As the summer gets rolling, my time with games grows thinner and thinner. Just this past weekend I turned on the ol’ 360 to play a little South Park: The Stick of Truth for the first time in nearly 3 weeks. I picked up a couple new games in Steam and put in a few minutes of gameplay, but I’ve no idea when I’ll next have any substantial time to become further frustrated with Guacamelee or return to whatever the heck I was doing in The Witcher. Summertime has been like that for me for awhile – gaming has to take a backseat to things like vacations, renovations, work, and life in general. I’m not complaining, I’m used to the cycle by now, and I’ve even come to welcome it, this time “off.” With summer generally being a time scant of new game releases, it’s sometimes spoken of as the time to get through the backlog. I’d say that’s about right – over the next couple months, when I do have opportunities to play, I’m not going to be seeking something new; rather I’m going to turn to that which I already have.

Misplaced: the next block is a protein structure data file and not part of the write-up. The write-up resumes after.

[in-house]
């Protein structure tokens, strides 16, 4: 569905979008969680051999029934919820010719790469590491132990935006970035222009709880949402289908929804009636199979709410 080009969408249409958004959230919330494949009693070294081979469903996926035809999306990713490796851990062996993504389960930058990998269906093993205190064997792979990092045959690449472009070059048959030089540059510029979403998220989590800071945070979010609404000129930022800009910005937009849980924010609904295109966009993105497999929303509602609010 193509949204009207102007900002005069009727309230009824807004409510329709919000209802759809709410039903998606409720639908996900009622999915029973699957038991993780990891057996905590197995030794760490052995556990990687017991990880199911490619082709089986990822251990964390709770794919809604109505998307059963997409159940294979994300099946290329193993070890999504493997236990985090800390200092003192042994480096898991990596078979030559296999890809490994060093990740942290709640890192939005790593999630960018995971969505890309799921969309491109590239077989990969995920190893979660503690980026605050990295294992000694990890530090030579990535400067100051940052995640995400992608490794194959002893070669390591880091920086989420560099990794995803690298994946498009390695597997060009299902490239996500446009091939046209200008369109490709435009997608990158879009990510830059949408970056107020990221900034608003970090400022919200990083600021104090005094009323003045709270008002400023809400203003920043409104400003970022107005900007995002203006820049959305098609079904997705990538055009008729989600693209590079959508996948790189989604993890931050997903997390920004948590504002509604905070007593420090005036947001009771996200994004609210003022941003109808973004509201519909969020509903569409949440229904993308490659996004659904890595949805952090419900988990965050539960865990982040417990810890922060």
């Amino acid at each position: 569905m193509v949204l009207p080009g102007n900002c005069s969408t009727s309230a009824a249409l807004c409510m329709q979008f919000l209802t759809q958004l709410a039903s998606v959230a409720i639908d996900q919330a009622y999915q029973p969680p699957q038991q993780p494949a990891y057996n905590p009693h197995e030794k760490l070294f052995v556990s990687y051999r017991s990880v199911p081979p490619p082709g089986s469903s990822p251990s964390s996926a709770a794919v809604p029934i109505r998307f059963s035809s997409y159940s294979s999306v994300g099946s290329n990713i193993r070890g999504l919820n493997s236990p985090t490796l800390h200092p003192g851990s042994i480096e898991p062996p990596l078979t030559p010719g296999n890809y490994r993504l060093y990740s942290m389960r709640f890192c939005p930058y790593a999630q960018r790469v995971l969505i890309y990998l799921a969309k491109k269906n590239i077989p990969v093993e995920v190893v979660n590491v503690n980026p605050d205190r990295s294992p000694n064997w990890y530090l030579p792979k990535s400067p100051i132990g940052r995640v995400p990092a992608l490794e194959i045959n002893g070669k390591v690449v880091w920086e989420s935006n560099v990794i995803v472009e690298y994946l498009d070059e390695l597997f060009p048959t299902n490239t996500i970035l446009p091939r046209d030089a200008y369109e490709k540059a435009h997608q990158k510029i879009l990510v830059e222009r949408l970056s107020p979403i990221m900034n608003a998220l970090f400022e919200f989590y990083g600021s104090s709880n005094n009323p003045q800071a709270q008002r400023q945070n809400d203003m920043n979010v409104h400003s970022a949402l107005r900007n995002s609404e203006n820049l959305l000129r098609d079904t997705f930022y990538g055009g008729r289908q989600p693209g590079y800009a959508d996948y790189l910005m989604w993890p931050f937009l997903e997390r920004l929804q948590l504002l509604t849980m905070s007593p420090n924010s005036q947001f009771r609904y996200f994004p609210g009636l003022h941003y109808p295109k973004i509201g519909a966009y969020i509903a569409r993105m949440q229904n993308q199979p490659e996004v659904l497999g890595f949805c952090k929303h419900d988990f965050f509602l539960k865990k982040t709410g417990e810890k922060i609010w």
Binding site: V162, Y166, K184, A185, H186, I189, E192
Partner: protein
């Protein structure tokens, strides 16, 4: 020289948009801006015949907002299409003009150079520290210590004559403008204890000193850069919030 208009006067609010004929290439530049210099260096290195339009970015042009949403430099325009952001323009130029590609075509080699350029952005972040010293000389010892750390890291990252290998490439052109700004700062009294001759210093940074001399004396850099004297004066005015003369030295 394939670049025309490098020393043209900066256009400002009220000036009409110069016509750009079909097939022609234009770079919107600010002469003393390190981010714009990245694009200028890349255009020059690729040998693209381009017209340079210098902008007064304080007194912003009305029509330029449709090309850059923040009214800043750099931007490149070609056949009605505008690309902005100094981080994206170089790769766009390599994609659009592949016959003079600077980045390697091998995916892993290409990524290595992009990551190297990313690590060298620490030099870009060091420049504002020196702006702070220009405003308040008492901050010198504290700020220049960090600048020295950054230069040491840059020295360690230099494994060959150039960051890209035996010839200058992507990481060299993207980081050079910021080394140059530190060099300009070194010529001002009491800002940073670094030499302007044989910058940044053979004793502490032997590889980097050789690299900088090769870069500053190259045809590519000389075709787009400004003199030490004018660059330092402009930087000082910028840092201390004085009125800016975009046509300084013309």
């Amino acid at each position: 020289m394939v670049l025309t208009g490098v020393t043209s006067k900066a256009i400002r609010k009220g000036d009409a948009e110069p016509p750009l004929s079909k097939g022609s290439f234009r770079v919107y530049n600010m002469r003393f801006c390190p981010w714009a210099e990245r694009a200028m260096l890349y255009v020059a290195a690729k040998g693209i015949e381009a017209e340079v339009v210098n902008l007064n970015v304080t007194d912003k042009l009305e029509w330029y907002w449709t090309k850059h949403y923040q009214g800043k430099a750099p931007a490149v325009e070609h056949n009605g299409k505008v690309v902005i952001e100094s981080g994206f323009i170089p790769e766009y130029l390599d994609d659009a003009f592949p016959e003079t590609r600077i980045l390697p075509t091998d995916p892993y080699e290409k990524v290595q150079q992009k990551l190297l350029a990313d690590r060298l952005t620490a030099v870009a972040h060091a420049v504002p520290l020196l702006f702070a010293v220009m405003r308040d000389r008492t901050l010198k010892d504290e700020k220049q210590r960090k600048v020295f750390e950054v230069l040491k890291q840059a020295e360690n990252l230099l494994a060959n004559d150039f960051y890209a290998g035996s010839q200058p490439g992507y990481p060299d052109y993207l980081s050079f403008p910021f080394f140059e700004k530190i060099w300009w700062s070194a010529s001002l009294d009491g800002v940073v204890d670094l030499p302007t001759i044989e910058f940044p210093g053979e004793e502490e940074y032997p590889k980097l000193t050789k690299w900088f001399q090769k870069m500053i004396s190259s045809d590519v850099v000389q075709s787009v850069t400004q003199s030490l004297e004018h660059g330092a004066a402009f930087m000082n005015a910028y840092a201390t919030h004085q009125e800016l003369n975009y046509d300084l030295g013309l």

Summer is usually also the time when many of us take time to gaze into our gaming futures — dreaming of new and exciting fall and winter releases, of the things we will play upon entering a necessary hibernation. Having watched the major conferences from this year’s E3, there are several games that I’d like to have in my future, such as Dragon Age: Inquisition, Grim Fandango HD, Xenoblade Chronicles X, and the Wii U Legend of Zelda game. (As well as titles not shown like Kingdom Hearts 3 and Final Fantasy XV.) But this year, this summer, for whatever reason, my thoughts have traveled beyond the games themselves into thinking about what I want from gaming generally in the future. Personally, 2014 roughly marks the 30th anniversary of my history with video games (it all started with the Donkey Kong Jr. Game & Watch), and maybe that has something to do with this wellspring.